Forums - Gaming Discussion - Poll - Is Switch a 9th gen console?

With Sony and MS releasing new hardware, will Switch be considered as 9th gen?

Yes 79 51.97%
 
No 73 48.03%
 
Total:152
JWeinCom said:
The_Liquid_Laser said:

Well, let's explicitly spell out what scientific reasoning looks like.  The first thing is that scientific reasoning uses Occam's Razor which means that "the simplest explanation is most likely the right one."  If one says "systems are selling this way because they are in the same generation", it is simpler than saying "systems are selling this way because of a variety of factors such as marketing, price point, features, and specs".  The simpler explanation is most likely the correct one.  That is why I am talking about generations.  In fact one reason people practice science and develop theories is to give a simple explanation for phenomena that appear complex.  A key part of scientific reasoning is to keep things simple while still taking all of the data into account.

Secondly, the scientific method can basically be described using the following steps.
1. Do Research
2. Ask a Question
3. Form a Hypothesis 
4. Make a Prediction Based on the Hypothesis
5. Test the Prediction
6. Use the Results to Make More Hypotheses.
(With the understanding that a correct prediction means the hypothesis is strengthened while an incorrect prediction means the hypothesis needs to be changed.)

So, I actually use this process a lot when studying the video game industry.  There are some ideas that I am confident with and others where I had to change my thinking.  Here is one relevant example of a prediction I made about 7 years ago.

1. Research - There is a ton of past data on game sales to study.  I've looked at plenty and also read books on video game history, etc....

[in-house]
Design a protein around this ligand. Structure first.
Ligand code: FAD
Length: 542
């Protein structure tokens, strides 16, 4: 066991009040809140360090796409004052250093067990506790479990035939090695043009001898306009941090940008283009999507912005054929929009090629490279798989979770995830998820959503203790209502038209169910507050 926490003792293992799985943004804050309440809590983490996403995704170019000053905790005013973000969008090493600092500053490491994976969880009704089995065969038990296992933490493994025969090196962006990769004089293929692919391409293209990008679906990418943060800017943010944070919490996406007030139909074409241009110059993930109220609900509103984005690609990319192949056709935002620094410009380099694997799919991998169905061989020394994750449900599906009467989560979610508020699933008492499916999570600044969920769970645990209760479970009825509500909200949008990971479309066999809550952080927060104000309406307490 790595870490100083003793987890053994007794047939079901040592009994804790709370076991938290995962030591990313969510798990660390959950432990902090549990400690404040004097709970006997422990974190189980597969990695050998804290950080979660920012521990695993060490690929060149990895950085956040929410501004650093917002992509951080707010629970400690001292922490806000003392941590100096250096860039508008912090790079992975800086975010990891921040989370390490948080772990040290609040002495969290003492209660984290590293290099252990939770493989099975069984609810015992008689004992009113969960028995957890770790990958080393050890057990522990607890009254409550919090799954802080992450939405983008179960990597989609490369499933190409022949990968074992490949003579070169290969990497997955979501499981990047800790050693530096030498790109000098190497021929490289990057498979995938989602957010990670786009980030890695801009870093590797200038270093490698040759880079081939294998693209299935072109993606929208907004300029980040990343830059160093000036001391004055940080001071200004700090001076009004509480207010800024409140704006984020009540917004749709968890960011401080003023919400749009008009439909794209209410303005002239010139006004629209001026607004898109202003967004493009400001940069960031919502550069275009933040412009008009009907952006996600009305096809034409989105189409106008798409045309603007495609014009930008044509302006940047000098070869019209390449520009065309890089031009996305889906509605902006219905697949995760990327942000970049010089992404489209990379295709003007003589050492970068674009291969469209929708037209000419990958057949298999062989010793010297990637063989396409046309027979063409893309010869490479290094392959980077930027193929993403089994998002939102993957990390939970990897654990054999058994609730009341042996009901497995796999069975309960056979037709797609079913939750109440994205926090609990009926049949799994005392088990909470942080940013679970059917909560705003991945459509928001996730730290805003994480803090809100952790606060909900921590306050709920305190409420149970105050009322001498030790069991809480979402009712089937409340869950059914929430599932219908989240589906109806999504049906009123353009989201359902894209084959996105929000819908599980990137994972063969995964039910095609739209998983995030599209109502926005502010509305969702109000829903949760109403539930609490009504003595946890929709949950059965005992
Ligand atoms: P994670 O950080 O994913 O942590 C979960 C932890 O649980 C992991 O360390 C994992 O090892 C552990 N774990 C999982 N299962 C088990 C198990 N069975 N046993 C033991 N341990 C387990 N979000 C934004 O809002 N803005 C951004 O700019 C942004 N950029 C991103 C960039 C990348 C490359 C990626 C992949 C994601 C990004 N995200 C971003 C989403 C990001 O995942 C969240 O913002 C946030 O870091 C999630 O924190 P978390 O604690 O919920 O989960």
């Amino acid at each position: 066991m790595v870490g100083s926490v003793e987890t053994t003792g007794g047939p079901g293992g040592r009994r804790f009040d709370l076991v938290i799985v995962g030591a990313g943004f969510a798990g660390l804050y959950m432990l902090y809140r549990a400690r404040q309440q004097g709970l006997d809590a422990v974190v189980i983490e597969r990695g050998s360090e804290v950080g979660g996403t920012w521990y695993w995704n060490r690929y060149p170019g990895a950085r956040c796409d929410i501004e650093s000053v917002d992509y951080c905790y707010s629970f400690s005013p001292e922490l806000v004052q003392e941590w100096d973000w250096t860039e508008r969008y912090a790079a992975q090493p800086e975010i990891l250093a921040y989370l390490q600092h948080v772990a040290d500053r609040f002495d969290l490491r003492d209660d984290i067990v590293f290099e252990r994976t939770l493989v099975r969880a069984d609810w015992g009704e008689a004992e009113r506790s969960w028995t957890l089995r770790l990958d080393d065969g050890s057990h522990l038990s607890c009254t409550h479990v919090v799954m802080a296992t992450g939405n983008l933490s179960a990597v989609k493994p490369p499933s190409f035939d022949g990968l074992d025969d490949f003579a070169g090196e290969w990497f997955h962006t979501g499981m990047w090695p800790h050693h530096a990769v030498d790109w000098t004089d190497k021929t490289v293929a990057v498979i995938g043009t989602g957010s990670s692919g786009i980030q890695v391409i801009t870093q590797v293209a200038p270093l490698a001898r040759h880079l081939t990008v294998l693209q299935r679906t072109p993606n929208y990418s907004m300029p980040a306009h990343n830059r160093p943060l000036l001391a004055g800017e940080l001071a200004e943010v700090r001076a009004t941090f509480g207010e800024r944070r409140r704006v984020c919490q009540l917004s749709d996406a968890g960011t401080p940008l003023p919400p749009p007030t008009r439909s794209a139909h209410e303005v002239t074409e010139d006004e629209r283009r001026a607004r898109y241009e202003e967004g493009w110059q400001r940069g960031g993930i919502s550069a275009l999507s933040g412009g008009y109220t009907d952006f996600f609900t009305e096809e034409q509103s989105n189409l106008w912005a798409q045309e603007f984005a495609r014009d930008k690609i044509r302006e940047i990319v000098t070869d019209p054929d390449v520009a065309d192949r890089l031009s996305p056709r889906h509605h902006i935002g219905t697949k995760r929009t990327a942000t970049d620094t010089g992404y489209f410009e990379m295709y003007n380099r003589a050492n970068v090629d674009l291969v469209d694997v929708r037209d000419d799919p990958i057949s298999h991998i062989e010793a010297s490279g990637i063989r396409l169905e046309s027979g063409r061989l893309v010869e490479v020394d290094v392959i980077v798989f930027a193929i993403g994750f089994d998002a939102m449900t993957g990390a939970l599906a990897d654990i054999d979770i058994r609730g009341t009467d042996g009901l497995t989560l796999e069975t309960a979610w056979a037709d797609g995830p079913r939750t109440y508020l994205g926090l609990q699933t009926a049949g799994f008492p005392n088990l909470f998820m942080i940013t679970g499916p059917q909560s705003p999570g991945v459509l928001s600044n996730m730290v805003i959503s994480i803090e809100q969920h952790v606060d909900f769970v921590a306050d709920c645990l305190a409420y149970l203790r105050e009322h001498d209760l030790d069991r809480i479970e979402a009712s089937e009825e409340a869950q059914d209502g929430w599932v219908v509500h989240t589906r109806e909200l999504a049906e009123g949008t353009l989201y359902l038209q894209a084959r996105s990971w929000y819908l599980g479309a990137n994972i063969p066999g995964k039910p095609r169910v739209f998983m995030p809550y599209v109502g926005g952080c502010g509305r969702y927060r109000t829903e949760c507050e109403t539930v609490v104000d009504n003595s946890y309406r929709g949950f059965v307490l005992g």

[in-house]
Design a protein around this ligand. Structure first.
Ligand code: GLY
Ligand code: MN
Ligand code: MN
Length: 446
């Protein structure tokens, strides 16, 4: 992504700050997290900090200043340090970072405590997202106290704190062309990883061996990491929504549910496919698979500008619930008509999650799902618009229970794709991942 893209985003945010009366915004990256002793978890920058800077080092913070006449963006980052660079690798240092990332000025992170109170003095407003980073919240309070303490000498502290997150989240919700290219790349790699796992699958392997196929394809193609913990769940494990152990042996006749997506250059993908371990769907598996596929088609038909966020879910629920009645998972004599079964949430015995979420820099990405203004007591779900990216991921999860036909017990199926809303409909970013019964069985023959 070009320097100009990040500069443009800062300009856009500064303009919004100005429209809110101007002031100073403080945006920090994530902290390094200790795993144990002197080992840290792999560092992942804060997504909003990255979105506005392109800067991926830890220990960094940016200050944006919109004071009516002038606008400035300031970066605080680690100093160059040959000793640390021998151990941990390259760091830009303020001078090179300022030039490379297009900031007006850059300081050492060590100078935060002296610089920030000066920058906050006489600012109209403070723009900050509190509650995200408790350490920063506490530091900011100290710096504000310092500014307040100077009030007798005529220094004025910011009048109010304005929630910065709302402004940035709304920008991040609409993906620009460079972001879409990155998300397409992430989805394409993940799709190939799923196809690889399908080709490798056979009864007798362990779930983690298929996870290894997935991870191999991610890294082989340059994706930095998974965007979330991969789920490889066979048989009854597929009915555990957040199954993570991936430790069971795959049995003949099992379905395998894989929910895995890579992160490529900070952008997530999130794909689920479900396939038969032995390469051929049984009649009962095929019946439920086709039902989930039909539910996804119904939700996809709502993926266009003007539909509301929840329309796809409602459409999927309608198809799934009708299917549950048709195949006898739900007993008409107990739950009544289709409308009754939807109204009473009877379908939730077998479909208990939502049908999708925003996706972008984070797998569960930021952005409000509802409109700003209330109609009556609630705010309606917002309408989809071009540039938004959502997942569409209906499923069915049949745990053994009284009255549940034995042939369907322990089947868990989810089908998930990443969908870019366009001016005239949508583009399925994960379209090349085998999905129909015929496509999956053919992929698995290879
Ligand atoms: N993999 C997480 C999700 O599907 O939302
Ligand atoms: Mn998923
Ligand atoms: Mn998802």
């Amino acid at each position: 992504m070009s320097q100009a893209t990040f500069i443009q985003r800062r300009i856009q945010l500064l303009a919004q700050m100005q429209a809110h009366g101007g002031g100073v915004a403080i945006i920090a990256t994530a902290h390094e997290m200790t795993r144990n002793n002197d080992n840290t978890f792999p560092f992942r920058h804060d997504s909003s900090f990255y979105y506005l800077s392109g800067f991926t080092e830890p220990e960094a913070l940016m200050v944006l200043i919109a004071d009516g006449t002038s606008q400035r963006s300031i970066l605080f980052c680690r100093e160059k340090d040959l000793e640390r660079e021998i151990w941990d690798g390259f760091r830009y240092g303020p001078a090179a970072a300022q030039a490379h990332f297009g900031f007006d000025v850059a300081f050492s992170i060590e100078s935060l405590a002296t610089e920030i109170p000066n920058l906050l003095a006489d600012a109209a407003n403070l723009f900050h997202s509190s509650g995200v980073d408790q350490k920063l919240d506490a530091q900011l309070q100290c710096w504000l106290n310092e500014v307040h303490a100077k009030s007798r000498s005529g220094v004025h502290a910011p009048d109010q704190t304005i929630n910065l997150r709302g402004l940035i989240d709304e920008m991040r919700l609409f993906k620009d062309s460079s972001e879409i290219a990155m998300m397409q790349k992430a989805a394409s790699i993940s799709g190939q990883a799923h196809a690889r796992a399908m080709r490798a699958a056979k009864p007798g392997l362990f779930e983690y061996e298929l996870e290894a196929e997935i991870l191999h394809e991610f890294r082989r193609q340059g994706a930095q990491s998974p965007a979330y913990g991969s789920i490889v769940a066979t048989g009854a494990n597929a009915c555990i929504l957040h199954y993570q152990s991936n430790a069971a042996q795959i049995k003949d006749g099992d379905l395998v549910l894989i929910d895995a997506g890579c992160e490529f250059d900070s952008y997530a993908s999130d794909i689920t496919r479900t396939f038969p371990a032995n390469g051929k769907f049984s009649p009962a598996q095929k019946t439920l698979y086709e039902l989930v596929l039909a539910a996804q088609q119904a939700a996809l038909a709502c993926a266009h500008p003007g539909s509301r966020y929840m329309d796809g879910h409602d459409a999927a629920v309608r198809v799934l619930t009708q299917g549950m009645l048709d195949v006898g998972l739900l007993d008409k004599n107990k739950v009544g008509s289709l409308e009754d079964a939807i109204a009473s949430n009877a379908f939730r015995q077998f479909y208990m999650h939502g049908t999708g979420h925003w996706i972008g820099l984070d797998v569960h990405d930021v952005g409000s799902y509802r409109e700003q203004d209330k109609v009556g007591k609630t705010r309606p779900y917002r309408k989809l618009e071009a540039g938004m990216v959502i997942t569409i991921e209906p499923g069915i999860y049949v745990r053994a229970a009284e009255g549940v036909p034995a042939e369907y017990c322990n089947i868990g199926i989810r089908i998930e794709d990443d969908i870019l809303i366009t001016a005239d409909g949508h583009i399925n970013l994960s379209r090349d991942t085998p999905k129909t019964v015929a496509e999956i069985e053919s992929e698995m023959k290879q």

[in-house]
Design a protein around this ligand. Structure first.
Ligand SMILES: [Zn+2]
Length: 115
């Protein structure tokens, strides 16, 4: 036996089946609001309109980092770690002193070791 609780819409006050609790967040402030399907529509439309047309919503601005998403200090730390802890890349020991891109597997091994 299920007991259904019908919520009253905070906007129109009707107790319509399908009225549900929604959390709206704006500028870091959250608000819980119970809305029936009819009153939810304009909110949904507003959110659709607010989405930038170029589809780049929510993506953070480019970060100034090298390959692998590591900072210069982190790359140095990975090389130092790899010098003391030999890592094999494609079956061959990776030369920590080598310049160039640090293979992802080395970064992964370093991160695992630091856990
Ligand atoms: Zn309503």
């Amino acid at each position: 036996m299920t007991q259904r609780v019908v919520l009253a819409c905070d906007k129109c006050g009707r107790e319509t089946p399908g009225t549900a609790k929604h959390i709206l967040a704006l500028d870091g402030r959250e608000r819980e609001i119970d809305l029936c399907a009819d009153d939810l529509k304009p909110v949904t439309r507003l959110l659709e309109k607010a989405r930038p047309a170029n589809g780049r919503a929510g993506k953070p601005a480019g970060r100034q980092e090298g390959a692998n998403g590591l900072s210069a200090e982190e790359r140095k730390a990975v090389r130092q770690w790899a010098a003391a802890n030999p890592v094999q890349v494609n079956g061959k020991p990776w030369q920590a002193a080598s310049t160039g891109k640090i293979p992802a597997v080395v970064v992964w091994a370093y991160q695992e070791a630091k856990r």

2. Question - Why is it that some systems for sale at the same time seem to compete with each other and others do not?  For example why did the Genesis/Megadrive compete with the SNES and not the NES when all 3 were for sale for many years together? 
3. Hypothesis - Systems need to be in both the same generation in order to compete with each other.  Generations need at least 4 years before the next one begins, and they begin when the first console maker releases a successor. (This is all based on previous observation.)
4. Prediction - Sales for Generation 8 systems will be similar to sales for Generation 6 systems.  Specifically, PS2+GC+XB = WiiU+PS4+XB1 with a margin of error of +/-20%.  (Generation 7 seemed to have a lot of customers that came and left, so it is left out.)  Any system released 2016 or later will be considered part of the next generation.
5. Test the Prediction - Basically I wait and see until all of the systems have stopped selling.  Although at this point, I'm fairly confident that my prediction will be correct.  (There is also a bunch of specific analysis I could do both here and for #4, but for now I am keeping it simple.)
6. Results - The generation system explains the market data pretty well.  We are also far enough along in time that I am now confident in putting Switch in Generation 9, the next generation.  Predictions that I make going forward will be based on this.

When I am talking about scientific reasoning, this is the sort of thing I am talking about.  Of course people can, and will, quibble about the details, but this is a solid framework to go by when analyzing the data.

Occam's Razor is that the simpler explanation is preferred. Not that the simpler explanation is correct. Basically, it's that you don't add anything unnecessary to your explanation. But you still have to include everything that IS necessary. 

There are two problems. First of all, generation doesn't explain things as well as looking at multiple factors. Take gen 7 for example which you just like... chucked out cause you didn't like the data. By your framework the Wii, PS3, and XBox 360 are simply both gen 7 consoles... yet, obviously the PS3 and 360 competed with eachother in a way that they didn't really compete with the Wii. Appealing to generations offers no explanation. On the other hand, looking at all the factors, we would expect incredibly similar PS3 and 360 to compete directly and split up the lion's share of the existing market , which they did. We would expect the Wii to take some part of that market (as it launched at the same time, was Nintendo's marketing focus, had some library overlap, and was somewhat comparable in price at various points) but not a great deal, because of the differences in specs and advertising. We would also expect that because it has new features, it would have the potential to reach new customers. 

More importantly generations doesn't actually explain anything. You're trying to explain why certain systems compete with eachother. Your conclusion is that systems compete with eachother because they are part of the same generation... Which is just another way to say that they compete with eachother.  It's entirely circular.